Any exporter or importer that does not currently use letters of credit and is considering doing so should consult their bank. The UK government advises companies using them for the first time to use “confirmed and irrevocable” letters of credit. Further information can be found here .
Authorised Economic Operator status
One option in the longer term will be for firms to seek Authorised Economic Operator (AEO) status, which accelerates customs processes. Hardy agrees that AEO status could be useful at some stage, whether or not a Brexit deal is agreed, but points out the process can be expensive. It might also make more sense to apply for AEO status after the UK’s finally agreed leaving date, as an application begun before then will be made under the auspices of the EU while the UK is still a member state.
Another option – also likely to be beyond the budget of many SMEs – is to create a customs warehouse facility, where goods can be stored before customs duty or import VAT are paid, thus helping to mitigate the effects of disruption in cross-border movement on the flow of goods to EU-based customers. This will require authorisation by the customs authority within the country where the warehouse is located.
Cross-border trade may be complicated further by regulatory standards. The UK government has suggested that in the immediate aftermath of Brexit it would regard goods that have received EU authorisation to have met the UK standard – which in many cases is based on the EU standard. But it’s not yet clear for how long that will continue to be the case, or whether the EU will reciprocate.
At present, goods brought into the UK from the EU by VAT-registered traders are classified as acquisitions and VAT must be accounted by the importer on a VAT return, usually at the same rate payable if the goods had been purchased from a UK supplier. However, importers can normally reclaim this if the acquisitions relate to VAT taxable supplies you make.
But there’s a chance that, post-Brexit, the importer would need to pay the VAT upfront, at the same time as it paid customs duties, rather than when filing a VAT return.
Additional changes may follow for UK businesses: the Taxation (Cross Border Trade) Act 2018 was passed to enable the government to create a new UK customs duty regime once the UK leaves the EU, with or without a deal. The act allows for the abolition of Acquisition VAT, with all imports into the UK to be subject to import VAT instead. The government has also said it will introduce postponed accounting for import VAT, via the VAT return, in the event of a no-deal Brexit.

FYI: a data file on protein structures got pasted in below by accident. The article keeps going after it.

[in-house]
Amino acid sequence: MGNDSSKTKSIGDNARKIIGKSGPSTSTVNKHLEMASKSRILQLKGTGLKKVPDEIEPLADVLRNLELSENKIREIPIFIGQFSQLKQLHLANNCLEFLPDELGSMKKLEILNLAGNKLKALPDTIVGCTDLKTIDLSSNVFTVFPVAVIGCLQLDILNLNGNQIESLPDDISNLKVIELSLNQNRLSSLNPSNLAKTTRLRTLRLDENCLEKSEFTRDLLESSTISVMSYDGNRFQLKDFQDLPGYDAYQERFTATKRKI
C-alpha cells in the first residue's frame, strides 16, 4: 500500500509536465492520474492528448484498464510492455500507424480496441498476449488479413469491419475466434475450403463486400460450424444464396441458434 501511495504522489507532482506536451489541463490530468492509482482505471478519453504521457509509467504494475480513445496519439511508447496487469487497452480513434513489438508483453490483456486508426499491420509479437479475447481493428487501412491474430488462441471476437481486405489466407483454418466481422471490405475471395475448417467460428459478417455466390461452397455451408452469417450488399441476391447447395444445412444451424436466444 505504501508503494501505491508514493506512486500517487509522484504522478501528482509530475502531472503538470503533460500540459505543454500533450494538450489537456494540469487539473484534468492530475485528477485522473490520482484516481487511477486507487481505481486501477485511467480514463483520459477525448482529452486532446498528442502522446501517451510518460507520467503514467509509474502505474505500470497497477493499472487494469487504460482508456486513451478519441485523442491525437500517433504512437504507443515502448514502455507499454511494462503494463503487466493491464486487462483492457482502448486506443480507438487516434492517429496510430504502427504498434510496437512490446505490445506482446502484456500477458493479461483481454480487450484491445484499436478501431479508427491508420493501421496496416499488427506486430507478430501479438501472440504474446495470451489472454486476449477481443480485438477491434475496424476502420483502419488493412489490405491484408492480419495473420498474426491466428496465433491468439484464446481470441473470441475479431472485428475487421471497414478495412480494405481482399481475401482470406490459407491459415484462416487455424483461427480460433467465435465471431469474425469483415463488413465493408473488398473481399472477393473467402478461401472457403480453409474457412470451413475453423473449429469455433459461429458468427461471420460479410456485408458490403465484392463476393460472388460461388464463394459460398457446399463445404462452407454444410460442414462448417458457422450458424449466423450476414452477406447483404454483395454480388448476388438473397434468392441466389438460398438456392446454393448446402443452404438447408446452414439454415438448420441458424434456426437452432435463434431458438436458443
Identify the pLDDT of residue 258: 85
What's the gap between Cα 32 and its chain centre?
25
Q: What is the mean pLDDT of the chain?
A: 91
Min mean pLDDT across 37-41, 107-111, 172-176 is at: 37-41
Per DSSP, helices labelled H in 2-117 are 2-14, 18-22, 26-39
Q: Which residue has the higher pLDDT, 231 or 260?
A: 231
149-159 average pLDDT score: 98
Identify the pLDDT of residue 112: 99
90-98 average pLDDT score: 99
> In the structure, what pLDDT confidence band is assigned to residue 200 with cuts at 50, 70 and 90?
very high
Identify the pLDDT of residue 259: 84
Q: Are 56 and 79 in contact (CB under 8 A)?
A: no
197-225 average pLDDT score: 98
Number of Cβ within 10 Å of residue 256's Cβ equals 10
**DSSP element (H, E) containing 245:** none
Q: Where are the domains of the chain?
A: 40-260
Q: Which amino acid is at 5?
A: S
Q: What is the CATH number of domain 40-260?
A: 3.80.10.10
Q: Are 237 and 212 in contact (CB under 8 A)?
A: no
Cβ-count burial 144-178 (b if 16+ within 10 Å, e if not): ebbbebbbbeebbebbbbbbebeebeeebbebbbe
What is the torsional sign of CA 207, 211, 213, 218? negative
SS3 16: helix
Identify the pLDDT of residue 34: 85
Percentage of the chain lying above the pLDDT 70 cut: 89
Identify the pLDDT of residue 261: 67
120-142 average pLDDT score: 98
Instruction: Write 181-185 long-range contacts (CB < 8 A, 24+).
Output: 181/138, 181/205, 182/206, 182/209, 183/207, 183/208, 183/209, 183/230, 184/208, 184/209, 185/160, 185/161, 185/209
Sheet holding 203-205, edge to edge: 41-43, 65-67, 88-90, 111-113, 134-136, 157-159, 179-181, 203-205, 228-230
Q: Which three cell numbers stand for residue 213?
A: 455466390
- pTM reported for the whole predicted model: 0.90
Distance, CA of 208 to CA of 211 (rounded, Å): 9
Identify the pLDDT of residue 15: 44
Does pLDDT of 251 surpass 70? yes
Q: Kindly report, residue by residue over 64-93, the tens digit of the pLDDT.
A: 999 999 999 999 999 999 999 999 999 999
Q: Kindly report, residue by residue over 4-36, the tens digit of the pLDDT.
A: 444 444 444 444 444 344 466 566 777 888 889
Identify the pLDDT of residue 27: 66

In the meantime, some businesses may be able to reduce the impact of VAT liabilities on cash flow by using the Duty Deferment Scheme (DDS) to make monthly payments to HMRC. To do this, your bank effectively gives HMRC a guarantee your business will be able to meet all the VAT and duty costs you encounter.
Businesses can also apply for Simplified Import VAT Accounting (SIVA) approval, which reduces the amount covered by the DDS to cover only duty, not VAT. Businesses wishing to do this will need to demonstrate a high degree of control and visibility over their operations and flow of goods through their supply chain. Businesses that have not been registered for VAT for at least three years may also be subject to additional financial tests when applying for SIVA approval.
Find out more about the DDS and SIVA here . If you’re interested in joining the Duty Deferment Scheme, you’ll need to consult your bank.
Business should also consider reviewing contracts governing relationships with suppliers and/or corporate customers. “The really big issue is if a business is contractually obliged to supply a product within a certain timeframe in a certain form,” says Hardy. “What’s your liability to your customer in terms of that supplier in the event of a delay?” Contracts should be reviewed to reflect the potential for delays and increased cost when goods have to cross the border.
Hardy suggests discussing possible mitigations with suppliers or customers. He points out that, in contract law, relying on a force majeure clause – which relieves parties from having to fulfil contractual obligations if caused by unavoidable circumstances – will only work if a company has completed all necessary due diligence.
Such due diligence and more detailed mapping of the supply chain could help businesses plan for the possibility of having to explain where every component in their finished goods has come from, in accordance with rules of origin imposed under a new free trade deal signed with the EU or another country, says Lesley Batchelor, director general at the Institute of Export International Trade.
It’s possible a no-deal Brexit will accelerate a transition to a free-trade deal with the EU and other countries around the world, but in the short term, a no-deal exit from the EU will leave many UK businesses needing all the help they can get. For now, says Batchelor, the best course of action is: “Do your research – find out about WTO rules and what impact they will have on your business.”
Trade associations and service providers, from banks and accountants to lawyers and logistics providers, may all be able to offer some help, but the onus is on businesses to ensure they make the best of a no-deal Brexit.